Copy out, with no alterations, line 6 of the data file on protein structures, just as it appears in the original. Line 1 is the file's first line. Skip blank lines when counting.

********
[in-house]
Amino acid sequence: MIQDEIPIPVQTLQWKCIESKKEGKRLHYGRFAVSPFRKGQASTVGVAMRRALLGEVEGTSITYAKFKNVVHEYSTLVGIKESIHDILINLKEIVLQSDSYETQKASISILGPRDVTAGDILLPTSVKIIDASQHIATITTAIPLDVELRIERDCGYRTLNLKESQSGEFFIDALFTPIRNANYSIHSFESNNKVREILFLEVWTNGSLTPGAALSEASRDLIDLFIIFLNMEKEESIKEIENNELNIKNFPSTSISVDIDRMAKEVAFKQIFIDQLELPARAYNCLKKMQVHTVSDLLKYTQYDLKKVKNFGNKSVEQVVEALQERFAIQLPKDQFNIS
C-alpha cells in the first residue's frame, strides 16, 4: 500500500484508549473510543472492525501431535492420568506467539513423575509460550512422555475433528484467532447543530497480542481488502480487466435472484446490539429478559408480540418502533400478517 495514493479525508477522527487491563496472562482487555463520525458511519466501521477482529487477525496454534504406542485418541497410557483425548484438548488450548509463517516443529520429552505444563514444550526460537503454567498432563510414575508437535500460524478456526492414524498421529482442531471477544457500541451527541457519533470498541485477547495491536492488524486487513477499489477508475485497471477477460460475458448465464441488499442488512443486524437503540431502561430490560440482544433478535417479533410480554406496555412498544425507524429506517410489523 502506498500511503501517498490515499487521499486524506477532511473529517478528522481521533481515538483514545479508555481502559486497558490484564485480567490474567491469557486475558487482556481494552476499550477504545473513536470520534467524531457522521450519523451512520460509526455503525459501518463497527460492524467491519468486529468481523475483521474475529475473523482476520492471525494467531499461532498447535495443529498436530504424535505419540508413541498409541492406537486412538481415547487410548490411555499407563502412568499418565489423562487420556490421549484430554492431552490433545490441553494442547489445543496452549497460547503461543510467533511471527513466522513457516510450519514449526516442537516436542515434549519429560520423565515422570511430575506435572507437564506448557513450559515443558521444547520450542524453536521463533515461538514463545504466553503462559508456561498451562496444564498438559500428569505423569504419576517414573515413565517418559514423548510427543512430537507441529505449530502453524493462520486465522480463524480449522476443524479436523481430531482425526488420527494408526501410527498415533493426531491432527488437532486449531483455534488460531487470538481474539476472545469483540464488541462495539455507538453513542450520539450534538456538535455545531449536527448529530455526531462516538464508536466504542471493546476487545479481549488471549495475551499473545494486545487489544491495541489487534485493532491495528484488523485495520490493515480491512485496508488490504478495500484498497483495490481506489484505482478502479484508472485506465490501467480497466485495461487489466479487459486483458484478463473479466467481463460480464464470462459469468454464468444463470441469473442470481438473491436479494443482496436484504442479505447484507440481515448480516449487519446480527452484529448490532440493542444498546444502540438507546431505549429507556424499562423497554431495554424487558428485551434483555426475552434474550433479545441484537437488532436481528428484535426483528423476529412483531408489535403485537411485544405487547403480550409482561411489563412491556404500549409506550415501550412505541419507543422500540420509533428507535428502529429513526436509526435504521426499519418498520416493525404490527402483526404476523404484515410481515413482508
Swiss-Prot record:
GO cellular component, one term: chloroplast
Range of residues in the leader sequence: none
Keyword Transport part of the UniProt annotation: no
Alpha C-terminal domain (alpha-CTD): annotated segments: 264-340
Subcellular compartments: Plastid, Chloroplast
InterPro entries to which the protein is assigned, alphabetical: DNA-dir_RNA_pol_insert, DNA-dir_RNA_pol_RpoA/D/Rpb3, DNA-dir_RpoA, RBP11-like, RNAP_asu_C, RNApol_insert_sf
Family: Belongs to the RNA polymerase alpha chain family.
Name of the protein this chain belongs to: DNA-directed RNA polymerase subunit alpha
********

Range of residues in the leader sequence: none